SOD activity was assessed as the competition between reaction c and b which is measured as a decrease of the rate of XTT reduced. The reaction mixture contained 40.5 mM sodium phosphate buffer pH 7.8; 15 mM xanthine; EDTA 12,5 mM; XTT 30 mM and 50 μL of sample to complete a final volume of 500 μL. The reaction was initiated by the addition of xantine oxidase (XO) (0.15 mUI) and the absorbance change at 470 nm was monitored each minute for 3 min total with a Hitachi spectrophotometer (U-2000). The values of SOD in the samples were expressed in U/mL and calculated using a standard curve (0,065-0,8 U/ml). One enzyme unit (IU) is defined as the amount of SOD capable of transforming 1.0 mmole/min of O2•¬

Quantification of lipid peroxidation end products: malondialdehyde (MDA)

MDA, one of the several low-molecular-weight end-products of LPO, was evaluated by the TBARS assay using thiobarbituric acid and a spectrophotometric method according to the TBA test described by Spanier and Traylor [29], with some modifications. 100 μL of each sample (cell extract and extracellular supernatant) were added to 100 μL glacial acetic acid 33%, 75 μL SDS 10%, 100 μL Tris–HCl 50 mM pH 7,4 and 250 μL TBA 0,75%. The mixture was then incubated for 1 h at 100 °C and immediately cooled on ice. After 10 min 200 μL of acetic acid 33% were added and samples were centrifuged for 20 min at 7000 g. The supernatant absorbance was then read with Thermo Electron Corporation Genesys 10UV spectrophotometer (Thermo Fisher Scientific, Rodano, Milano, Italy), at 535 nm. The values of MDA in the samples were expressed in μM units and calculated using a standard curve.

Trolox equivalent antioxidant capacity (TEAC)

Cell extract and extracellular supernatant antioxidant capacity was determined using the method described by Re et al.[30], and modified by Lewinska et al.[31]. Briefly, a fresh solution was prepared by dissolving 19.5 mg 2,20-azinobis (3- ethylbenzthiazoline −6-sulphonic acid [ABTS]) and 3.3 mg potassium persulphate in 7 mL of 0.1 M phosphate buffer, pH 7.4. This solution was stored in the dark for 12 h for completion of the reaction. ABTS solution was diluted (usually approximately 1:80) in 0.1 mol/L phosphate buffer, pH 7.4, to give an absorbance reading at 734 nm of 1.0. The absorbance of the mixture was measured twice in a spectrophotometer (ThermoElecrom Corporation Genesys 10 UV, Madison, Wisconsin, USA), at 734 nm, 3 min after mixing a sample with the ABTS•¬˙ solution. The extent of ABTS•¬˙ bleaching is proportional to the activity of antioxidants in a given sample. The antioxidant capacity was expressed as TEAC, the concentration of trolox producing the same effect as the sample studied.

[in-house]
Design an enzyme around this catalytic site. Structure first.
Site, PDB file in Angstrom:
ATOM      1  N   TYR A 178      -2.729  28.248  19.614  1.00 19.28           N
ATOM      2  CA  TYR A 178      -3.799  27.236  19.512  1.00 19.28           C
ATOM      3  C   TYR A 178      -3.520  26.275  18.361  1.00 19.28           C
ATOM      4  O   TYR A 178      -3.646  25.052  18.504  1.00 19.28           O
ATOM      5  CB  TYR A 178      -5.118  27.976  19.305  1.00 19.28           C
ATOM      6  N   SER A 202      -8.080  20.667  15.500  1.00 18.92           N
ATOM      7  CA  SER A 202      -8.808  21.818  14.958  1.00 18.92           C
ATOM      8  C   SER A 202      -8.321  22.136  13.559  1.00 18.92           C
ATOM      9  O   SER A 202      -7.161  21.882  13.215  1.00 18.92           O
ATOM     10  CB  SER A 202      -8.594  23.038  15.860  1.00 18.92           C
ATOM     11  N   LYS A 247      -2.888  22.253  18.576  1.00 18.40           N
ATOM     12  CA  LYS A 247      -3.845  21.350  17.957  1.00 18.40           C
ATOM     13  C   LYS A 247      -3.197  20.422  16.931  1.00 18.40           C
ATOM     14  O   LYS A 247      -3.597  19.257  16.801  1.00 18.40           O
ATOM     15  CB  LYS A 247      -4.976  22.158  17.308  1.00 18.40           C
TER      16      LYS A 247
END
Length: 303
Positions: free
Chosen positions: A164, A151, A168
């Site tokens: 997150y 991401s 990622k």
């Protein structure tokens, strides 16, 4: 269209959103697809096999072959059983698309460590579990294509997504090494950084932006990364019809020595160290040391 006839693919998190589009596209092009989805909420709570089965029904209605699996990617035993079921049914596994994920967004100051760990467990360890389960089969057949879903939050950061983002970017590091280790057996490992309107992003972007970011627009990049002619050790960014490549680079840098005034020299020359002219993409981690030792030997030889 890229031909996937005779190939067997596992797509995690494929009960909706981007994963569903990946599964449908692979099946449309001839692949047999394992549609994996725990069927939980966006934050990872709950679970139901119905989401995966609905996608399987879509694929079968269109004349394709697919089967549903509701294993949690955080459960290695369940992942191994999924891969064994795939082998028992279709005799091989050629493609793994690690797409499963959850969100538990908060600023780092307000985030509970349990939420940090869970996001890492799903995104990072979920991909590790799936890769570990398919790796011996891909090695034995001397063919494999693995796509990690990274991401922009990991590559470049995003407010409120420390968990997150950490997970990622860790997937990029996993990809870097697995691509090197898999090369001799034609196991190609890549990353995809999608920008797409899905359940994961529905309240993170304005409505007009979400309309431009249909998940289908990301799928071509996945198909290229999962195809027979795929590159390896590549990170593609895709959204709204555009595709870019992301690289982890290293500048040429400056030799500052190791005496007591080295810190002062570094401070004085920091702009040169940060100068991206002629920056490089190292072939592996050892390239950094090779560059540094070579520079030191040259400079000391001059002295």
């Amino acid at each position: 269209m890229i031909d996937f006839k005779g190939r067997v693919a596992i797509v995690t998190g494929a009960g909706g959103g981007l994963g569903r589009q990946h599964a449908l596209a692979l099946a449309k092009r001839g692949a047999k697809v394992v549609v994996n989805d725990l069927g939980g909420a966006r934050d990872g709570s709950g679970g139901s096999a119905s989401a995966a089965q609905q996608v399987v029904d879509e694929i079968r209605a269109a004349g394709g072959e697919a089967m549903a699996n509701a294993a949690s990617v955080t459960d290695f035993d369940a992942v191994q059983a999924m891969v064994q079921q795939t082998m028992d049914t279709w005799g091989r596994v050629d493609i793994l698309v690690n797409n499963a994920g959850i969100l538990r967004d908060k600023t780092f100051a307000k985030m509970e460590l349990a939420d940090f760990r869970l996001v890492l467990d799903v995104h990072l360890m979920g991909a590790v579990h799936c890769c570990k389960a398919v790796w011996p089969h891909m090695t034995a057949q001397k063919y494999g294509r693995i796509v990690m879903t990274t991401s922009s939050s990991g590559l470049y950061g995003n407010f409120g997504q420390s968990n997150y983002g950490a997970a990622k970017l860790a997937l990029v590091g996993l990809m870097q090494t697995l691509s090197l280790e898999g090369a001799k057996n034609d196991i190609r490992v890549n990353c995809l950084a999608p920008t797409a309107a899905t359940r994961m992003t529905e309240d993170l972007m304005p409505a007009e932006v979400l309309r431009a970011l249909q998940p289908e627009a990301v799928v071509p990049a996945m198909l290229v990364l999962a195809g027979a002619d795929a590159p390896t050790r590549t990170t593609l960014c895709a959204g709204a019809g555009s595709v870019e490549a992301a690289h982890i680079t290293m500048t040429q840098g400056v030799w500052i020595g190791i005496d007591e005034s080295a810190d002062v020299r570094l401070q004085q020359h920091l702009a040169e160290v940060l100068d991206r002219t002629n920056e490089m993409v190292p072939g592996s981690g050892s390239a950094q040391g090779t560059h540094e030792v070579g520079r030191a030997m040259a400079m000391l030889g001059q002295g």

The values of TEAC in the samples were calculated using a standard curve (5–20 mMtrolox in a total volume of 550 mL) and were expressed as mMTrolox equivalent for extracellular supernatant and nmoli of trolox equivalent/109 spermatozoa for cell extract.

Statistical analyses

Statistical analyses were performed using the statistical software program Statgraphic Centurion XV (version15.2.06 for Windows; Stat Point Technologies Inc., Warrenton, VA, USA), and a probability of p < 0.05 was considered to be the minimum level of significance. Data are expressed as mean ± S.E. Differences in sperm parameters between the experimental groups at the different time points (hours of treatment) were assessed by general lineal model where: Y = μ + hours of treatment + group + hours of treatment x group + stallion. Hours of treatment and group were considered fixed factors and stallion a random factor. The method used to discriminate between the means was Fisher’s least-significant-difference (l.s.d.) procedure. The probabilities obtained by the l.s.d. test were corrected by Bonferroni’s correction for multiple comparisons. Data were normally distributed (Shapiro Wilk W test: P >0.05).

Results

Viability

The storage conditions under which sperm cells were maintained proved to preserve spermatozoa viability for at least 72 h. No difference was observed in the number of vital spermatozoa assed by eosin dye exclusion in REAC treated samples and untreated controls (Fig. 1). The male factor was indeed the only factor able to influence spermatozoa viability, as outlined by the significant difference observed among the eight stallions (Additional file 1: Figure S1, panel B).
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Fig. 1

Effect of REAC treatment on stallion spermatozoa viability, expressed expressed as percentage of viable cells over the total cells counted during 72 h. of storage at 4 °C. Values determined at the different time points are expressed as mean ± S.E. A total of 16 ejaculates collected from eight stallions of different breeds (1: Thoroughbred; 2, 3, 4, 6: Arabian; 5, 7, 8: Warmblood) were used

Kinetic parameters and straightness index